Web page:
Thursday, April 29, 2010

Gulf Oil spill WORSE than Exxon-Valdez? The real cost of OIL?

This Satellite image, taken on April 26, 2010 by the European Space Agency, shows the oil spill as it is spreading out across the gulf and heading toward the New Orleans shore. Conservative calculations show that in the first week of this spill at least 6 million gallons have entered the Gulf. That's a spill rate of at least 850,000 gallons (20,000 barrels) per day, 20 times larger than the official Coast Guard estimate of 42,000 gallons per day. The Exxon Valdez tanker spill totaled 11 million gallons. "We could exceed that in just a few days, if we haven't already", says John Amos, the president and founder of the nonprofit firm SkyWatch, which specializes in gathering and analyzing satellite and aerial data to promote environmental conservation. Amos
previously worked as a consulting geologist, "using satellite imagery as a global geologic tool," in his words, to locate natural resources for
major oil and mining corporations. Now he assists advocacy organizations, government agencies, and academic researchers with data collection and analysis.

Based on a map released from a flyover on Wednesday and compared to "the last good satellite image that we got, from the afternoon of April 27," Amos believes that the slick covers about 4,400 square miles. Official estimates to date have put the slick at about 2,200 square miles.

The Deepwater Horizon drilling platform, about 130 miles southeast of New Orleans, exploded and caught fire on April 20 and sank a week ago today. There were 126 people on board; 11 are missing and likely dead. Louisiana Gov. Bobby Jindal declared a state of emergency today because of the spreading oil slick -- which is expected to reach the state's coast late tonight -- and Homeland Security Secretary Janet Napolitano called it a spill of "national significance."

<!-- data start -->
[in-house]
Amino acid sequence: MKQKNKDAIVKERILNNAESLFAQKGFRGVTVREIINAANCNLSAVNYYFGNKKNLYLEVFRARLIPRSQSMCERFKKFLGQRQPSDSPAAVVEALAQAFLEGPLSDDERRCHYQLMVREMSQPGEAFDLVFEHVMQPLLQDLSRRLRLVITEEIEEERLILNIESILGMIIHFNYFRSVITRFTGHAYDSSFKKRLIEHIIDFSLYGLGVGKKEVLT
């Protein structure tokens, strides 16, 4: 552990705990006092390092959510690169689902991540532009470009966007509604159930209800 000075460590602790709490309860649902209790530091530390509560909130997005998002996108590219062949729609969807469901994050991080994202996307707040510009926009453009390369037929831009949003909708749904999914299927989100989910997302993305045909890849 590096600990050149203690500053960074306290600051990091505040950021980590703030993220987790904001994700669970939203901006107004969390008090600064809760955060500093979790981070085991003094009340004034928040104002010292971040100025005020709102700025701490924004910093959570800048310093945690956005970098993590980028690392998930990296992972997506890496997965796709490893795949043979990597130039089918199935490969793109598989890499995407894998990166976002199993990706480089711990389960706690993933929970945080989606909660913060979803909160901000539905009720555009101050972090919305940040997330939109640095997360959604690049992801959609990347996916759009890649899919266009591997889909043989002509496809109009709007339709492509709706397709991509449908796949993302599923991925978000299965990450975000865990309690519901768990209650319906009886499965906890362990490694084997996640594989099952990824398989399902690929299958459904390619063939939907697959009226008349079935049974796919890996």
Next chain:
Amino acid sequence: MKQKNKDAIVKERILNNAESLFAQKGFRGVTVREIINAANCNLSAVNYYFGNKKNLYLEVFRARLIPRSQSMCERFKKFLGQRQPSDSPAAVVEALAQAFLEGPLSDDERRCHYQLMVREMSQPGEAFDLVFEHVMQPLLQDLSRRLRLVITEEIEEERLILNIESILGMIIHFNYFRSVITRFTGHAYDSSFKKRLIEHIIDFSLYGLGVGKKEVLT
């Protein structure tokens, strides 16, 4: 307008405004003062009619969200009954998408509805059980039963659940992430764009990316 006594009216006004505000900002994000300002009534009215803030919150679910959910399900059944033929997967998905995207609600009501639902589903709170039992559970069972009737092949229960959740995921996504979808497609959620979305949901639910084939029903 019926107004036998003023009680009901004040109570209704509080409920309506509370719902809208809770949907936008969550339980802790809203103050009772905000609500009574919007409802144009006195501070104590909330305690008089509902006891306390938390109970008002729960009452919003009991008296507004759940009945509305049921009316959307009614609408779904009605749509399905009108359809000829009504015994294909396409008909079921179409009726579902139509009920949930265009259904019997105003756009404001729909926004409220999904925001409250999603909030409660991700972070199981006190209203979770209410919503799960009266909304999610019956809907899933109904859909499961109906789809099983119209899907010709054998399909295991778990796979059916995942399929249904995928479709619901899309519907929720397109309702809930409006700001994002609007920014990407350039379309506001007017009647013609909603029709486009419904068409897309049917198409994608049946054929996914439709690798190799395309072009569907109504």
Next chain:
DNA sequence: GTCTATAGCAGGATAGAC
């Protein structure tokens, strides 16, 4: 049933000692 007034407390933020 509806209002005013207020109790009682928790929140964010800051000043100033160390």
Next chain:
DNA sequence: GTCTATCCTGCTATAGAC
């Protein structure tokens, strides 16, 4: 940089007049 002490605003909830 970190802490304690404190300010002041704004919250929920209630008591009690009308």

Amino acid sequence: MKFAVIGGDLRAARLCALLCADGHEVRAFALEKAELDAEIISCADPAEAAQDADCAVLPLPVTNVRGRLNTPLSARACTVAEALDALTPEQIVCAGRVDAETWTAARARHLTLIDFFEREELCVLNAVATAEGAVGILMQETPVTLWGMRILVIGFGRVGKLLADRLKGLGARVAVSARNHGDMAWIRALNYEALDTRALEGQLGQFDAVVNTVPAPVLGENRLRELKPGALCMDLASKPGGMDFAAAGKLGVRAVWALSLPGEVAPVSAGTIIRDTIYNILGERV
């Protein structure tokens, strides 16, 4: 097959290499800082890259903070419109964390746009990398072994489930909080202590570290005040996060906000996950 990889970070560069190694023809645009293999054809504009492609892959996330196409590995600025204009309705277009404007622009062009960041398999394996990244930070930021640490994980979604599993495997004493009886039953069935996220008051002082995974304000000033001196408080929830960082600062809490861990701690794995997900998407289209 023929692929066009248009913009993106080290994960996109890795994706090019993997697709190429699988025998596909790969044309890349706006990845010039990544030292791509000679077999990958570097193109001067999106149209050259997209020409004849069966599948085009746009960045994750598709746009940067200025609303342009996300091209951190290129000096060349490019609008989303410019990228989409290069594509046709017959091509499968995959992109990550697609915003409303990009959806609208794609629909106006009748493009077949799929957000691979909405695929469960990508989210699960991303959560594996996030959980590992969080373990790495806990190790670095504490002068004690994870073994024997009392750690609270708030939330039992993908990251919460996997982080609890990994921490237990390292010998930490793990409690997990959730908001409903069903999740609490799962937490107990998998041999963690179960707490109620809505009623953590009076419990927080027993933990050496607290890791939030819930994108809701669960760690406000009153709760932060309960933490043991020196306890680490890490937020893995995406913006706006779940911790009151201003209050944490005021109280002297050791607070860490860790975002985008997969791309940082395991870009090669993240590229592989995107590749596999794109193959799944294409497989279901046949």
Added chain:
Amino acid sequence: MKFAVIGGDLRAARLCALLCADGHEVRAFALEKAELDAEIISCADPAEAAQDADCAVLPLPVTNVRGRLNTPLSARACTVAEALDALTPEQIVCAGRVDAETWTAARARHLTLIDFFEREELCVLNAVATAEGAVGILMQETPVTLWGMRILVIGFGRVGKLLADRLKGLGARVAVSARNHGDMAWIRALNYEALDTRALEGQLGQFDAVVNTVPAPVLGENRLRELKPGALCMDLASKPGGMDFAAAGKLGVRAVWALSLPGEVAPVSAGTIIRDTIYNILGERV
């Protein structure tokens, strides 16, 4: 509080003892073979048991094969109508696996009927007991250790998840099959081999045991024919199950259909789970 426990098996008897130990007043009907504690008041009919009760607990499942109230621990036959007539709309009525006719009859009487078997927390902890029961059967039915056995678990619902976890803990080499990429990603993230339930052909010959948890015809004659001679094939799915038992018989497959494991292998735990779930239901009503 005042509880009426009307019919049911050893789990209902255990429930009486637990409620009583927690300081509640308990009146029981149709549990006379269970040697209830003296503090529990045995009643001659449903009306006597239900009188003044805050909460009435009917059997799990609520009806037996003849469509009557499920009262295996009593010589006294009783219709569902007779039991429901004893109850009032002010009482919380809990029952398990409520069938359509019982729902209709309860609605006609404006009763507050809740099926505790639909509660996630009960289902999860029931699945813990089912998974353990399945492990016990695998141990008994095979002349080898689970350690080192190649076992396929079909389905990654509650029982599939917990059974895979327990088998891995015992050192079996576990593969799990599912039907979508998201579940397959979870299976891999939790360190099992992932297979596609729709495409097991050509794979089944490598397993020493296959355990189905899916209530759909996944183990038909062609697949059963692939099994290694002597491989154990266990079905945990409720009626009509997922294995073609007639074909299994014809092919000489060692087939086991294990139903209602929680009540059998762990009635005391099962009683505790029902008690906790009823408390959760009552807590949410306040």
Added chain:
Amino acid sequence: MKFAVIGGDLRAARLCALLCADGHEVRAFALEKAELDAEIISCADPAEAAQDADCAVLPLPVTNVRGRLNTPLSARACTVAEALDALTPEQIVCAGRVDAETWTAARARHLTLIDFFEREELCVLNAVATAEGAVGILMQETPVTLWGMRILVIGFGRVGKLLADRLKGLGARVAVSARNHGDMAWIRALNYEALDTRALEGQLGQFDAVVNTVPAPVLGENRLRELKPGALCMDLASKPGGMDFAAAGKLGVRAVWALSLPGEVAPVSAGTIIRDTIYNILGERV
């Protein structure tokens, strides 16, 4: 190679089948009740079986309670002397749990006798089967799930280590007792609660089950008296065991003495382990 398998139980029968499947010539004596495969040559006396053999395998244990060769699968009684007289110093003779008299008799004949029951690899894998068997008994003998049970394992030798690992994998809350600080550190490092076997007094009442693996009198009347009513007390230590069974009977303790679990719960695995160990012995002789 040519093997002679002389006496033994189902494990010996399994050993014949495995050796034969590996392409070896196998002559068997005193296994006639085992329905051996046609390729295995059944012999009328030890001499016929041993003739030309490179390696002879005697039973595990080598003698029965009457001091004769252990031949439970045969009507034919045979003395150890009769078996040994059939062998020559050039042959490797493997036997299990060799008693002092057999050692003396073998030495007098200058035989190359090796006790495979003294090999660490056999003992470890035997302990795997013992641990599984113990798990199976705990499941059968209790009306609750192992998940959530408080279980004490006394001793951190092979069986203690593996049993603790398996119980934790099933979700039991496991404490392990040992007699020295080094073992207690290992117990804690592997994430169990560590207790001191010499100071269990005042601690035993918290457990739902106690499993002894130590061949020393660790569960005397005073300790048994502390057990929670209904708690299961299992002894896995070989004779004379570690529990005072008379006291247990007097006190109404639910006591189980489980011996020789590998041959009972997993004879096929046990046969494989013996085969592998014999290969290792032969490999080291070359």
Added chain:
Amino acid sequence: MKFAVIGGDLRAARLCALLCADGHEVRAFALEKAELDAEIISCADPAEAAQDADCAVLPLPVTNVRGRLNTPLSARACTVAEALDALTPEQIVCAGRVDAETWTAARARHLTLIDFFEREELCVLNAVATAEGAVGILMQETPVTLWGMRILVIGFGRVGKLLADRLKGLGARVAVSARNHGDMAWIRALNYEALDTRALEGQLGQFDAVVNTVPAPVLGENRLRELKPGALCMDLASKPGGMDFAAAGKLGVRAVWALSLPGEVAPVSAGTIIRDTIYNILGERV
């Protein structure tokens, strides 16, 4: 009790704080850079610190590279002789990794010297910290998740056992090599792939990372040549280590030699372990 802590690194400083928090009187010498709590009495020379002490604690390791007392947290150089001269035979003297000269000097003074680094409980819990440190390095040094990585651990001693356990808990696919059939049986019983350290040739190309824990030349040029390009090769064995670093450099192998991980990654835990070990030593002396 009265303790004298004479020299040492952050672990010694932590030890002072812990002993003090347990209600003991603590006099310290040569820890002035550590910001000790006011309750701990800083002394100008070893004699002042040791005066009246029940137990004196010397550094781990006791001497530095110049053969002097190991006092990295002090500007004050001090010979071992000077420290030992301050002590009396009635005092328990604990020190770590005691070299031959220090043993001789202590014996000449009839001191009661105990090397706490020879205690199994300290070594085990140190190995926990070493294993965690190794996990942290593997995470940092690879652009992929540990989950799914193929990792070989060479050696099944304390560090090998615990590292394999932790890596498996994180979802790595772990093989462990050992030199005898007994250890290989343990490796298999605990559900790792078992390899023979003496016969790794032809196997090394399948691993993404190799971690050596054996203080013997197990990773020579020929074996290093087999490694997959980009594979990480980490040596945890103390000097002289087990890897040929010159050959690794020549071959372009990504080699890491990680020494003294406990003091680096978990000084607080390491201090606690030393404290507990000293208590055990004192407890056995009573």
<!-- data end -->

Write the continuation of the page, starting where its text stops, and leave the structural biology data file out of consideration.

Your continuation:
The spill was bigger than imagined - five times more than first estimated - and closer. Fingers of oily sheen were reaching the Mississippi River delta, lapping the Louisiana shoreline in long, thin lines.

"It is of grave concern," David Kennedy of the National Oceanic and Atmospheric Administration, told The Associated Press. "I am frightened. This is a very, very big thing. And the efforts that are going to be required to do anything about it, especially if it continues on, are just mind-boggling."

The oil slick could become the nation's worst environmental disaster in decades, threatening hundreds of species of fish, birds and other wildlife along the Gulf Coast, one of the world's richest seafood grounds, teeming with shrimp, oysters and other marine life. Oil was thickening in waters south and east of the Mississippi delta about five miles offshore.

Louisiana Gov. Bobby Jindal declared a state of emergency Thursday so officials could begin preparing for the oil's impact. He said at least 10 wildlife management areas and refuges in his state and neighboring Mississippi are in the oil plume's path.

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